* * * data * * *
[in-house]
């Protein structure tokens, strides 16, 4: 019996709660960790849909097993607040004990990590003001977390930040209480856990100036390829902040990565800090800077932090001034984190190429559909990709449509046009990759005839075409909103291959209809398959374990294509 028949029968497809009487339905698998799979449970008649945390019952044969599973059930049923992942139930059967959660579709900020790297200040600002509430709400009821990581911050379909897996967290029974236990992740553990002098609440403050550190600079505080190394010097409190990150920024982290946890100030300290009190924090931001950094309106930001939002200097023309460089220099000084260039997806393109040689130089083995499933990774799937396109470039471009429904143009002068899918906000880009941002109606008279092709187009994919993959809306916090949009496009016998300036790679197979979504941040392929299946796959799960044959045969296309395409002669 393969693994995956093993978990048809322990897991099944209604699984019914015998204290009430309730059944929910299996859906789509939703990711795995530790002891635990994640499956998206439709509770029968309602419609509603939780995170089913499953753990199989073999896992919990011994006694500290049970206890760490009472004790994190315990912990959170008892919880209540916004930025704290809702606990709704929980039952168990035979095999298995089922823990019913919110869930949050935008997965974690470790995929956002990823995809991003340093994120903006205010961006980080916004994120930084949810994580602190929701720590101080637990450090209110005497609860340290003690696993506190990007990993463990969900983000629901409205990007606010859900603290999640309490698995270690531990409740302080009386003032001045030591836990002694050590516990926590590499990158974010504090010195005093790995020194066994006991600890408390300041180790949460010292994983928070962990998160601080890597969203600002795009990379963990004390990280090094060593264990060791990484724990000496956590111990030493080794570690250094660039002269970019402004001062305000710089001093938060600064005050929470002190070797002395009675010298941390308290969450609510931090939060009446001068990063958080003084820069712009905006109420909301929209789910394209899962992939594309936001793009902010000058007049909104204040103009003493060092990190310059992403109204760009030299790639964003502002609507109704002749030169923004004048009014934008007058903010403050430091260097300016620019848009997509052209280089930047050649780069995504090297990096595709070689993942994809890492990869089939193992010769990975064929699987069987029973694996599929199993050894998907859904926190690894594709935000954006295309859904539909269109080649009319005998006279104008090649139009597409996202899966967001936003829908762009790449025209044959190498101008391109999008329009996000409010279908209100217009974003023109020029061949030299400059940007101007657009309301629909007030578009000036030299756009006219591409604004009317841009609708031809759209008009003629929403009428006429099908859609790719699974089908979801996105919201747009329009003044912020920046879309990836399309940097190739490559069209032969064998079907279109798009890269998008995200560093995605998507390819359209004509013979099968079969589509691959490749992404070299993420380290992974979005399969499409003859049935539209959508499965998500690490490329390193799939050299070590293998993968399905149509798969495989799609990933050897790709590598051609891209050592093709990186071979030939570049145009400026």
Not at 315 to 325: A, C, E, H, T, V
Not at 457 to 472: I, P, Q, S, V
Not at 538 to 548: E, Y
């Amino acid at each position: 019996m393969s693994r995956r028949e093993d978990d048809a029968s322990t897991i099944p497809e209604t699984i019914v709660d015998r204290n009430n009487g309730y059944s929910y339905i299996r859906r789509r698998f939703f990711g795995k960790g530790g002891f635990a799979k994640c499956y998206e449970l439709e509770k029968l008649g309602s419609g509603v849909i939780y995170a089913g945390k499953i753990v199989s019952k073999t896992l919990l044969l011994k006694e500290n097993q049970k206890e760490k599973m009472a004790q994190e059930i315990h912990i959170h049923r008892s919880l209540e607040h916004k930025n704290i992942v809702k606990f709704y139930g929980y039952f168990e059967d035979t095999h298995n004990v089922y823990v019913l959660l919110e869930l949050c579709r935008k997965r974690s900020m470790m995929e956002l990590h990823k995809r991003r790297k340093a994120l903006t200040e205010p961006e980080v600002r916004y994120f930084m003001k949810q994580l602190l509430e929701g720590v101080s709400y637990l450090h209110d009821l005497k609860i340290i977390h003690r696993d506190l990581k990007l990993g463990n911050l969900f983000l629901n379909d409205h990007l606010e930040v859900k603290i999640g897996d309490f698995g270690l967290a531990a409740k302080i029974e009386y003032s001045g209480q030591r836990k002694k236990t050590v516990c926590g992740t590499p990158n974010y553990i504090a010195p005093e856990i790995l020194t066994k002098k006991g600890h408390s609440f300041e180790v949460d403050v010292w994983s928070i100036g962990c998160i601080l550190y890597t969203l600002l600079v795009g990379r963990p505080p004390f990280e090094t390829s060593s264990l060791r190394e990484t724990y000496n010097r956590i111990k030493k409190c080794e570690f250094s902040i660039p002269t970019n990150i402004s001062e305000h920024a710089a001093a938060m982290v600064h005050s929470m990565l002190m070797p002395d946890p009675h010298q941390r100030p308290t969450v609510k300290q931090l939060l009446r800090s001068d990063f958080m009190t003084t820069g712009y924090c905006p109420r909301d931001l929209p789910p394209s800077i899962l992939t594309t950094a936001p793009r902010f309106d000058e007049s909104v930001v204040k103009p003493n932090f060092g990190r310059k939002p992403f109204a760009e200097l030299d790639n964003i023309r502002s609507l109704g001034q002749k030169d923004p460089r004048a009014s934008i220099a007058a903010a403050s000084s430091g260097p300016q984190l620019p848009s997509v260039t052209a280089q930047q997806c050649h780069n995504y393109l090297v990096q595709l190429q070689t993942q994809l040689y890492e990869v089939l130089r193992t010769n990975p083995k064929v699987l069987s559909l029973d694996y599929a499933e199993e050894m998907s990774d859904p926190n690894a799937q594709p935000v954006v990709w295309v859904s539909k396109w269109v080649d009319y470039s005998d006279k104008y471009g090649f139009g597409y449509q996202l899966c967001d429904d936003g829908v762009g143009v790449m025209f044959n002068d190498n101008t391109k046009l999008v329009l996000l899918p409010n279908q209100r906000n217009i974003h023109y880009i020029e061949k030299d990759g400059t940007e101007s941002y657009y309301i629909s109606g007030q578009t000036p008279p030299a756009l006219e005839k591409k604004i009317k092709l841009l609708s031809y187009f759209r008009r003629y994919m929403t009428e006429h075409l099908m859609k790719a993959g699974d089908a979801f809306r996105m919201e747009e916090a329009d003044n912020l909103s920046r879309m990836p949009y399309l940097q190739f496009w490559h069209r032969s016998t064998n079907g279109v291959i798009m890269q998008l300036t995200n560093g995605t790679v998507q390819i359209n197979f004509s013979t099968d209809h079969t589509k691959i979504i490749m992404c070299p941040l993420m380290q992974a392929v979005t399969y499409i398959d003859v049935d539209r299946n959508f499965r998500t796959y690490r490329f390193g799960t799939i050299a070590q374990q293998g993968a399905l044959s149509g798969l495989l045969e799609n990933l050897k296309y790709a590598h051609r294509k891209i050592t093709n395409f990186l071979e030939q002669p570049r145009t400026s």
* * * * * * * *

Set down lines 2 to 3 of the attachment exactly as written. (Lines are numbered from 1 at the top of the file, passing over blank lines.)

């Protein structure tokens, strides 16, 4: 019996709660960790849909097993607040004990990590003001977390930040209480856990100036390829902040990565800090800077932090001034984190190429559909990709449509046009990759005839075409909103291959209809398959374990294509 028949029968497809009487339905698998799979449970008649945390019952044969599973059930049923992942139930059967959660579709900020790297200040600002509430709400009821990581911050379909897996967290029974236990992740553990002098609440403050550190600079505080190394010097409190990150920024982290946890100030300290009190924090931001950094309106930001939002200097023309460089220099000084260039997806393109040689130089083995499933990774799937396109470039471009429904143009002068899918906000880009941002109606008279092709187009994919993959809306916090949009496009016998300036790679197979979504941040392929299946796959799960044959045969296309395409002669 393969693994995956093993978990048809322990897991099944209604699984019914015998204290009430309730059944929910299996859906789509939703990711795995530790002891635990994640499956998206439709509770029968309602419609509603939780995170089913499953753990199989073999896992919990011994006694500290049970206890760490009472004790994190315990912990959170008892919880209540916004930025704290809702606990709704929980039952168990035979095999298995089922823990019913919110869930949050935008997965974690470790995929956002990823995809991003340093994120903006205010961006980080916004994120930084949810994580602190929701720590101080637990450090209110005497609860340290003690696993506190990007990993463990969900983000629901409205990007606010859900603290999640309490698995270690531990409740302080009386003032001045030591836990002694050590516990926590590499990158974010504090010195005093790995020194066994006991600890408390300041180790949460010292994983928070962990998160601080890597969203600002795009990379963990004390990280090094060593264990060791990484724990000496956590111990030493080794570690250094660039002269970019402004001062305000710089001093938060600064005050929470002190070797002395009675010298941390308290969450609510931090939060009446001068990063958080003084820069712009905006109420909301929209789910394209899962992939594309936001793009902010000058007049909104204040103009003493060092990190310059992403109204760009030299790639964003502002609507109704002749030169923004004048009014934008007058903010403050430091260097300016620019848009997509052209280089930047050649780069995504090297990096595709070689993942994809890492990869089939193992010769990975064929699987069987029973694996599929199993050894998907859904926190690894594709935000954006295309859904539909269109080649009319005998006279104008090649139009597409996202899966967001936003829908762009790449025209044959190498101008391109999008329009996000409010279908209100217009974003023109020029061949030299400059940007101007657009309301629909007030578009000036030299756009006219591409604004009317841009609708031809759209008009003629929403009428006429099908859609790719699974089908979801996105919201747009329009003044912020920046879309990836399309940097190739490559069209032969064998079907279109798009890269998008995200560093995605998507390819359209004509013979099968079969589509691959490749992404070299993420380290992974979005399969499409003859049935539209959508499965998500690490490329390193799939050299070590293998993968399905149509798969495989799609990933050897790709590598051609891209050592093709990186071979030939570049145009400026």
Not at 315 to 325: A, C, E, H, T, V